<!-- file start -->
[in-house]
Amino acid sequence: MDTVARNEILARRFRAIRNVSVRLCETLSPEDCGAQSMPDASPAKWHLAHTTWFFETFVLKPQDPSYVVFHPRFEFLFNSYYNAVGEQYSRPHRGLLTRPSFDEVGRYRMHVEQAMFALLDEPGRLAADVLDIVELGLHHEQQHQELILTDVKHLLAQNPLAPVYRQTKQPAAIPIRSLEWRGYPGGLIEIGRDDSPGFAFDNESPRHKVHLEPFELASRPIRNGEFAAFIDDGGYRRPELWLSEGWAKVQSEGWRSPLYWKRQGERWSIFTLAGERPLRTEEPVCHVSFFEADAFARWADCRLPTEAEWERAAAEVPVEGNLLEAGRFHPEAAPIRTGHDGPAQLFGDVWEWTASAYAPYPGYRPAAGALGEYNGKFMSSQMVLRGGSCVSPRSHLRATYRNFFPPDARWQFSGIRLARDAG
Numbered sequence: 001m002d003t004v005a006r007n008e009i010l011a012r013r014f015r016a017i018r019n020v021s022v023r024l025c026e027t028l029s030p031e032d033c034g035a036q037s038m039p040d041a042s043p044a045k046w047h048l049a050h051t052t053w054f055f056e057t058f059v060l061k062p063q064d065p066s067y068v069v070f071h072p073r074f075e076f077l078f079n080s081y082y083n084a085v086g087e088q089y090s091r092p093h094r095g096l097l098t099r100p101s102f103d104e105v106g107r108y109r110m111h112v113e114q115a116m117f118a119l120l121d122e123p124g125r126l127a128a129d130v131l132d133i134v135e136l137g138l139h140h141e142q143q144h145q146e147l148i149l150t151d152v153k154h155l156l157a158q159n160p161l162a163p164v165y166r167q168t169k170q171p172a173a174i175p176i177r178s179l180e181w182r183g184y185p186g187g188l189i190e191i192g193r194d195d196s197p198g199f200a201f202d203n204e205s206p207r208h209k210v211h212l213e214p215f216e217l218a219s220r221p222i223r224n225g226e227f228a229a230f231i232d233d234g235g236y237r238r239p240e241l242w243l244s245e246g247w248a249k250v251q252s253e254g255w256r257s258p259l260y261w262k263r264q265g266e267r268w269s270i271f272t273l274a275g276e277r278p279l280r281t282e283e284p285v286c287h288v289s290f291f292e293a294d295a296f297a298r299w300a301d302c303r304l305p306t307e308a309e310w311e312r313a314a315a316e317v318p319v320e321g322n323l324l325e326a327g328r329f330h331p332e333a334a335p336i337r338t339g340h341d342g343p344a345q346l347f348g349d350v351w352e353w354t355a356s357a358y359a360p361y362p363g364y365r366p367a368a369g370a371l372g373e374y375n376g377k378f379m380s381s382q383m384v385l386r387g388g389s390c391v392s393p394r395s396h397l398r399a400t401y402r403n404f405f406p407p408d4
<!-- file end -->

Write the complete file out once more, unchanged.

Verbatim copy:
[in-house]
Amino acid sequence: MDTVARNEILARRFRAIRNVSVRLCETLSPEDCGAQSMPDASPAKWHLAHTTWFFETFVLKPQDPSYVVFHPRFEFLFNSYYNAVGEQYSRPHRGLLTRPSFDEVGRYRMHVEQAMFALLDEPGRLAADVLDIVELGLHHEQQHQELILTDVKHLLAQNPLAPVYRQTKQPAAIPIRSLEWRGYPGGLIEIGRDDSPGFAFDNESPRHKVHLEPFELASRPIRNGEFAAFIDDGGYRRPELWLSEGWAKVQSEGWRSPLYWKRQGERWSIFTLAGERPLRTEEPVCHVSFFEADAFARWADCRLPTEAEWERAAAEVPVEGNLLEAGRFHPEAAPIRTGHDGPAQLFGDVWEWTASAYAPYPGYRPAAGALGEYNGKFMSSQMVLRGGSCVSPRSHLRATYRNFFPPDARWQFSGIRLARDAG
Numbered sequence: 001m002d003t004v005a006r007n008e009i010l011a012r013r014f015r016a017i018r019n020v021s022v023r024l025c026e027t028l029s030p031e032d033c034g035a036q037s038m039p040d041a042s043p044a045k046w047h048l049a050h051t052t053w054f055f056e057t058f059v060l061k062p063q064d065p066s067y068v069v070f071h072p073r074f075e076f077l078f079n080s081y082y083n084a085v086g087e088q089y090s091r092p093h094r095g096l097l098t099r100p101s102f103d104e105v106g107r108y109r110m111h112v113e114q115a116m117f118a119l120l121d122e123p124g125r126l127a128a129d130v131l132d133i134v135e136l137g138l139h140h141e142q143q144h145q146e147l148i149l150t151d152v153k154h155l156l157a158q159n160p161l162a163p164v165y166r167q168t169k170q171p172a173a174i175p176i177r178s179l180e181w182r183g184y185p186g187g188l189i190e191i192g193r194d195d196s197p198g199f200a201f202d203n204e205s206p207r208h209k210v211h212l213e214p215f216e217l218a219s220r221p222i223r224n225g226e227f228a229a230f231i232d233d234g235g236y237r238r239p240e241l242w243l244s245e246g247w248a249k250v251q252s253e254g255w256r257s258p259l260y261w262k263r264q265g266e267r268w269s270i271f272t273l274a275g276e277r278p279l280r281t282e283e284p285v286c287h288v289s290f291f292e293a294d295a296f297a298r299w300a301d302c303r304l305p306t307e308a309e310w311e312r313a314a315a316e317v318p319v320e321g322n323l324l325e326a327g328r329f330h331p332e333a334a335p336i337r338t339g340h341d342g343p344a345q346l347f348g349d350v351w352e353w354t355a356s357a358y359a360p361y362p363g364y365r366p367a368a369g370a371l372g373e374y375n376g377k378f379m380s381s382q383m384v385l386r387g388g389s390c391v392s393p394r395s396h397l398r399a400t401y402r403n404f405f406p407p408d4